• Creator
  • Stagg, Amos Alonzo, 1862-1965
  • Created Date
  • 1891
  • Publisher
  • Springfield College
  • Description
  • “Autobiography of Amos Alonzo Stagg from Yearbook (1891)” was written by Amos Alonzo Stagg for the International YMCA Training School’s (now known as Springfield College) 1891 Yearbook “Biographies and Prophecy.” The autobiography is actually written in third person, but the title suggests, and the other "autobiographies" in the yearbook, suggest it may have been written by him; the document, though, does not say. The document talks about his ... more
    “Autobiography of Amos Alonzo Stagg from Yearbook (1891)” was written by Amos Alonzo Stagg for the International YMCA Training School’s (now known as Springfield College) 1891 Yearbook “Biographies and Prophecy.” The autobiography is actually written in third person, but the title suggests, and the other "autobiographies" in the yearbook, suggest it may have been written by him; the document, though, does not say. The document talks about his early family life, his time at Yale and how he came to Springfield College. It also announces his upcoming acceptance of the position at the University of Chicago. An All-American Yale player, Stagg (August 16, 1862 – March 17, 1965) brought football to what is now Springfield College and coached the institution’s first team in 1891. After arriving as a graduate student and instructor in 1890, Stagg posted a notice inviting students and faculty to play football for the institution. On an open field overlooking Lake Massasoit, the team would practice and play the less important games, while playing bigger games downtown. The first year ended with a 5-3 record, highlighted by a 26-0 defeat of Amherst College, the game represented by this admissions ticket, and a contest against Yale at Madison Square Garden, the first-ever indoor football game. Yale fielded a team of five varsity players, two substitutes, and a group of Yale graduates. Springfield College, at this time, had less than fifty students from which to draw. Stagg was the only experienced player on the Springfield College squad and found his team outsized by an average of twenty pounds per man. In a great contest, Springfield College showed true courage and pride, but ultimately lost 16-10. The newspapers labeled Stagg’s team the “Stubby Christians,” commending the team for the surprise they gave everyone in attendance and how they outplayed the giants from New Haven. After coaching for fifty-seven years at number of different institutions, he became the dean of college football coaches. Stagg pioneered the huddle, the man in motion, the end-around, and the Statue of Liberty play, among others. During October 2006, the refurbished Benedum Field was renamed the Amos Alonzo Stagg Field. In The Fireside Book of Football, Edwin Pope describes Stagg as “football’s Ben Franklin, Alexander Bell, and Thomas Edison all rolled into one.”. Part of the Class of 1891 biographies and Phophecy. less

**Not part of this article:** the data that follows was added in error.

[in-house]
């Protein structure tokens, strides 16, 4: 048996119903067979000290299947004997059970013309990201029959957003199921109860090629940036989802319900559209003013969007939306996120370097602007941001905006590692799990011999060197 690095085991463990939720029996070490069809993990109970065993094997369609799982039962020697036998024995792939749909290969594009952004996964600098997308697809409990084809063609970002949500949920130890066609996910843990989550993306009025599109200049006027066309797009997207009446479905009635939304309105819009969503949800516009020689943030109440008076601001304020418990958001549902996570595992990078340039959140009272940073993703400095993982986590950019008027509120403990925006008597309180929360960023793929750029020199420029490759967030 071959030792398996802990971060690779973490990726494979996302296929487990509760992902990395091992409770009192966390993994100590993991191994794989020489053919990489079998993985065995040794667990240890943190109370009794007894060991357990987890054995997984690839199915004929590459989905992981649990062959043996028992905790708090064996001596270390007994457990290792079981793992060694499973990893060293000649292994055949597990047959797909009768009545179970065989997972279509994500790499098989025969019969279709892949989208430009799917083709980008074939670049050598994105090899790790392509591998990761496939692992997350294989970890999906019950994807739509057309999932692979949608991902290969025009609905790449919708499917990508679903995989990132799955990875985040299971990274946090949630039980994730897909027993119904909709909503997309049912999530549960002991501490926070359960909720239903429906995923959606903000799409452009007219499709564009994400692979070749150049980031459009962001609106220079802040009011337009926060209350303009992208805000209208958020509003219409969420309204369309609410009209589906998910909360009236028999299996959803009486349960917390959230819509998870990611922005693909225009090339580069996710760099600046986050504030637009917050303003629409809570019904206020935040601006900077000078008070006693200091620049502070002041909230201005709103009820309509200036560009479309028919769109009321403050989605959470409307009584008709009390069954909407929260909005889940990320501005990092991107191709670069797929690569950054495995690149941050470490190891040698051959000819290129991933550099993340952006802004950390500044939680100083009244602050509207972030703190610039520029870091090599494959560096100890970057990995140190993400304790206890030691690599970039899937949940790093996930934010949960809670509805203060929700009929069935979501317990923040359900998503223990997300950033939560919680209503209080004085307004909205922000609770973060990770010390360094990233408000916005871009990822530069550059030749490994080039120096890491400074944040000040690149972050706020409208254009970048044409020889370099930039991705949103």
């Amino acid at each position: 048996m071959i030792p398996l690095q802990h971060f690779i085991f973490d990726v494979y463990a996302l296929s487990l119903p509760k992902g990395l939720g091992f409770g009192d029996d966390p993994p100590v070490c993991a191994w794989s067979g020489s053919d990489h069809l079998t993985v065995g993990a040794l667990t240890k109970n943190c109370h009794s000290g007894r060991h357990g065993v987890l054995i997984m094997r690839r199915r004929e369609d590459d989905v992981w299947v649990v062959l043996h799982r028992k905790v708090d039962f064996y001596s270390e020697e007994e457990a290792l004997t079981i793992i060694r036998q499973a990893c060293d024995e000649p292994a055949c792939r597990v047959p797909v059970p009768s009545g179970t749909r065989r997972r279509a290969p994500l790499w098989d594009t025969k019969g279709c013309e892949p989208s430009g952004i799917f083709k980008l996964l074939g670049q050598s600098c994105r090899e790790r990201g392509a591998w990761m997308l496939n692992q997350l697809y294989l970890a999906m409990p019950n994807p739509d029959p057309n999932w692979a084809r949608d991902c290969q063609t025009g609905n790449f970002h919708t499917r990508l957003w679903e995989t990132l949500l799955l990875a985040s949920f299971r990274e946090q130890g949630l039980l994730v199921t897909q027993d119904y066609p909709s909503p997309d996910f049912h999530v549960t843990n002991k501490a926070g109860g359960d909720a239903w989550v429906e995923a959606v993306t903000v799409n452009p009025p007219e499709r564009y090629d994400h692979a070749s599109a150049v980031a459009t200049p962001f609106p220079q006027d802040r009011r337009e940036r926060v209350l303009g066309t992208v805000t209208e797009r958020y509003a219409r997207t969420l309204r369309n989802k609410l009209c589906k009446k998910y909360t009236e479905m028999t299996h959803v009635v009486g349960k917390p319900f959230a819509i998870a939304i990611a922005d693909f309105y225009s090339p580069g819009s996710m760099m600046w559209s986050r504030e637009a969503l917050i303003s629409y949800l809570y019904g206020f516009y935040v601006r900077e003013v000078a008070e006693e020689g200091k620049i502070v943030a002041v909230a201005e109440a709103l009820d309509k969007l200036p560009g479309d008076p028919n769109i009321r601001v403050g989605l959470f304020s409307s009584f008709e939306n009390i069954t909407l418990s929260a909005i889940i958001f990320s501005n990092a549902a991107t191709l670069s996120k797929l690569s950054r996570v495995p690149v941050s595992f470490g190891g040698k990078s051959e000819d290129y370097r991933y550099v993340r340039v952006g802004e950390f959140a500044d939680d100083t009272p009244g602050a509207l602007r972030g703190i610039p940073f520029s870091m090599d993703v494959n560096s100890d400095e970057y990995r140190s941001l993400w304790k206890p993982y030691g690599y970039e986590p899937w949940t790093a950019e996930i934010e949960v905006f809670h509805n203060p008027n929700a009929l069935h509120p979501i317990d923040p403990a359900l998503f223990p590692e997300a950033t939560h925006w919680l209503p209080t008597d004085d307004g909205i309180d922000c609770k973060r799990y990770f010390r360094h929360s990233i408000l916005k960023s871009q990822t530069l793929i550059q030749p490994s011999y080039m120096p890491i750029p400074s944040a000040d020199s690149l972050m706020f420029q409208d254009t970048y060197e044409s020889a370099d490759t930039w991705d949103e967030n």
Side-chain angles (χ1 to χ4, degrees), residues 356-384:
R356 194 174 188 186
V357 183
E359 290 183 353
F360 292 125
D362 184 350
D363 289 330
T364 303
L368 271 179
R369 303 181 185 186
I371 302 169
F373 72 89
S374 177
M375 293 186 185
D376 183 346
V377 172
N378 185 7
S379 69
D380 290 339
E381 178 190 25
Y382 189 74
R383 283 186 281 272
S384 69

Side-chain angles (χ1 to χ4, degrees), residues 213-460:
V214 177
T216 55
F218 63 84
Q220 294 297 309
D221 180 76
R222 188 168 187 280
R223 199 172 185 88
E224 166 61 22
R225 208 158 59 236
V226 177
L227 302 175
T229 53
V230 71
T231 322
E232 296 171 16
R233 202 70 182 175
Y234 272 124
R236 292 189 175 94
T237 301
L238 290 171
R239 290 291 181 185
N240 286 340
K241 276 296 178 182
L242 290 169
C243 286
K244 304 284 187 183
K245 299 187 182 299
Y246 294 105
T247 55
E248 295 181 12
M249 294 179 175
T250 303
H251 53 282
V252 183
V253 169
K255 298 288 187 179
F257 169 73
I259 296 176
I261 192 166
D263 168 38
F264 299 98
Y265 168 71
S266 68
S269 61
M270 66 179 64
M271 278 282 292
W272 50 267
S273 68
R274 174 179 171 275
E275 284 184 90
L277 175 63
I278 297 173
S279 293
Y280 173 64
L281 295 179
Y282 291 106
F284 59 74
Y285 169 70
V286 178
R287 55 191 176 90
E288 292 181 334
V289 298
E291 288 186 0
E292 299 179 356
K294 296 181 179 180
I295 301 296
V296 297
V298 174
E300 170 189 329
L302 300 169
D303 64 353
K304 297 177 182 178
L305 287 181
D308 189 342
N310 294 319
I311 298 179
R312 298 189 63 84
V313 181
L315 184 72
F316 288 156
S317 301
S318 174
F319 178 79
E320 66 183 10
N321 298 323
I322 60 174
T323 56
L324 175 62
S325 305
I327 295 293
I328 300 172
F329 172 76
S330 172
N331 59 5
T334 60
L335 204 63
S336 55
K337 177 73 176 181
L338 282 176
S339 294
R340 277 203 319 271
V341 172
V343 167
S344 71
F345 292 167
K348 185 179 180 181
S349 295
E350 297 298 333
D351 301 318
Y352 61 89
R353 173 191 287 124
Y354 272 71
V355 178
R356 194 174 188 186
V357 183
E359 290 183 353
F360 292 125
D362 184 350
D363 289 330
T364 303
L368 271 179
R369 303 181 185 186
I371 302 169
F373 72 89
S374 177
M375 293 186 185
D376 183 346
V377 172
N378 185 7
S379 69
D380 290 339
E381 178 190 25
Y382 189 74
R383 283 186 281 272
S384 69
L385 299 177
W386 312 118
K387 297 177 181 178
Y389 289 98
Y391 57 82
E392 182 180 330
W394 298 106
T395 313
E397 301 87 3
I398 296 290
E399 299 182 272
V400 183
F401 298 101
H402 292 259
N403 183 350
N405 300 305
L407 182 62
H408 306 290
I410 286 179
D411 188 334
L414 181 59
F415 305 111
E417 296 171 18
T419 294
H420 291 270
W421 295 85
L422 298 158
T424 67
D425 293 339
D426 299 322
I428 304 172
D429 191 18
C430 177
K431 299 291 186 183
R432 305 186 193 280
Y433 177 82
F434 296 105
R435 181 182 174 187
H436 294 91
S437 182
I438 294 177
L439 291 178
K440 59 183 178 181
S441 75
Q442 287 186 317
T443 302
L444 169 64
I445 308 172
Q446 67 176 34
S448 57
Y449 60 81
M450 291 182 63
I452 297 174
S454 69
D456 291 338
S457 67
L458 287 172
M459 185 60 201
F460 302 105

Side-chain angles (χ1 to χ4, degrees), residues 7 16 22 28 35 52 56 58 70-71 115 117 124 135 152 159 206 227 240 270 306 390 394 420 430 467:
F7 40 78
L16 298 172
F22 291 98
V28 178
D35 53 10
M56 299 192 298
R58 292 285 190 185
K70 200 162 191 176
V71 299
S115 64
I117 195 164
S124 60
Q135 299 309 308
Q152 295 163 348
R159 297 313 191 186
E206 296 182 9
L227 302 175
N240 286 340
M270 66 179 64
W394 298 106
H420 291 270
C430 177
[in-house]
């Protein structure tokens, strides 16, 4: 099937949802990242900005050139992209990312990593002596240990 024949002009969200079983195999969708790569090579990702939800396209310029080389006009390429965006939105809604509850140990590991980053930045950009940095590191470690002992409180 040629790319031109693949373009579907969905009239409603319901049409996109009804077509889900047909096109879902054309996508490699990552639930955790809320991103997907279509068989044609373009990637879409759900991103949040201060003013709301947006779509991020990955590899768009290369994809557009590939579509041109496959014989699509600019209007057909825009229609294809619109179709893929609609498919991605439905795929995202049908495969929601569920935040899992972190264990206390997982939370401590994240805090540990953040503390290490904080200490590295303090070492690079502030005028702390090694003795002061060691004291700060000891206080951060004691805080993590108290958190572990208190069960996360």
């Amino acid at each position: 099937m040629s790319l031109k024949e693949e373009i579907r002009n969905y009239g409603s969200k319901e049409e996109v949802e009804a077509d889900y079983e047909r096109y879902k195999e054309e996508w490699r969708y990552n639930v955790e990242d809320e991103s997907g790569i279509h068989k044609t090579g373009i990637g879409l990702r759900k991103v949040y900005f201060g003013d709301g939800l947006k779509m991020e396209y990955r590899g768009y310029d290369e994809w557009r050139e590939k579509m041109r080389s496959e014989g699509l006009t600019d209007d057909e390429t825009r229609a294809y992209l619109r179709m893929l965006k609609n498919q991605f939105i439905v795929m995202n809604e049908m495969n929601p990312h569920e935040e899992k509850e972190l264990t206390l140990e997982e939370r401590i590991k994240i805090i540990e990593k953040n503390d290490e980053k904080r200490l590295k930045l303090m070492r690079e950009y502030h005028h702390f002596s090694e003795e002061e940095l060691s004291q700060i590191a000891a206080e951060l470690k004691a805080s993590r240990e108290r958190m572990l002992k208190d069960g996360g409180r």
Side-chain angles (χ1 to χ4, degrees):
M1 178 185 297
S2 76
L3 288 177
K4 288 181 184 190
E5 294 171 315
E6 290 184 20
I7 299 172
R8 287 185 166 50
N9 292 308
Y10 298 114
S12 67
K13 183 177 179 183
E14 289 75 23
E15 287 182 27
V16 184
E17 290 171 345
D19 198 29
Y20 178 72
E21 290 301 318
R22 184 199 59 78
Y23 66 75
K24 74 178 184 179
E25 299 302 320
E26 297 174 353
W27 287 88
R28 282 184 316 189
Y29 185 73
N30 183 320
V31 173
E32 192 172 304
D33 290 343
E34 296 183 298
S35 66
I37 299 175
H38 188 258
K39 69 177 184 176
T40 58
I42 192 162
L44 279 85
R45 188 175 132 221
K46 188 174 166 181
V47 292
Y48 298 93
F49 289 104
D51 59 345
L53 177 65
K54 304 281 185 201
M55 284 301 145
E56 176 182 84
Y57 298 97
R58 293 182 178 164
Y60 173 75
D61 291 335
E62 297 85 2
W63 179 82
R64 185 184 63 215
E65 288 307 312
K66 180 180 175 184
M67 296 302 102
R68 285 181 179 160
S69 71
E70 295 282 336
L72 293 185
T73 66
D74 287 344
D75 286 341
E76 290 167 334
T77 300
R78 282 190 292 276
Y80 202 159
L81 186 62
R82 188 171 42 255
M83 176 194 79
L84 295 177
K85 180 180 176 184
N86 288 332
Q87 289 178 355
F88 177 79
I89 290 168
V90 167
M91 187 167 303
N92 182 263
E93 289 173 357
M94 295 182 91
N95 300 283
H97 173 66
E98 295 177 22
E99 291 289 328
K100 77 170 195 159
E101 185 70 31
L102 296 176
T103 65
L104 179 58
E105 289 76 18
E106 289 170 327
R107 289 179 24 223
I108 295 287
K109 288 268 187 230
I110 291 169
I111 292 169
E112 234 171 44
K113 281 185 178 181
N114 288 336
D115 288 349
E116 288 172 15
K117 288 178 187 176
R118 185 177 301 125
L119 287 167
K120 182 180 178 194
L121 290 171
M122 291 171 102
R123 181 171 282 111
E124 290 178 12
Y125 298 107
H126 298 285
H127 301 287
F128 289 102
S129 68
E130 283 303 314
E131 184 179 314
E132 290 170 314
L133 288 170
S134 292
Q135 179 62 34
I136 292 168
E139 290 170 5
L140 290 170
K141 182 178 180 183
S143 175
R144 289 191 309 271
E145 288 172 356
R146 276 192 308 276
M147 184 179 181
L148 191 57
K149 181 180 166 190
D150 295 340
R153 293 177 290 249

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  • Text and images are owned, held, or licensed by Springfield College and are available for personal, non-commercial, and educational use, provided that ownership is properly cited. A credit line is required and should read: Courtesy of Springfield College, Babson Library, Archives and Special Collections. Any commercial use without written permission from Springfield College is strictly prohibited. Other individuals or entities other than, and in addition to, Springfield College may also own copyrights and other propriety rights. The publishing, exhibiting, or broadcasting party assumes all responsibility for clearing reproduction rights and for any infringement of United States copyright law. Contact host institution for more information.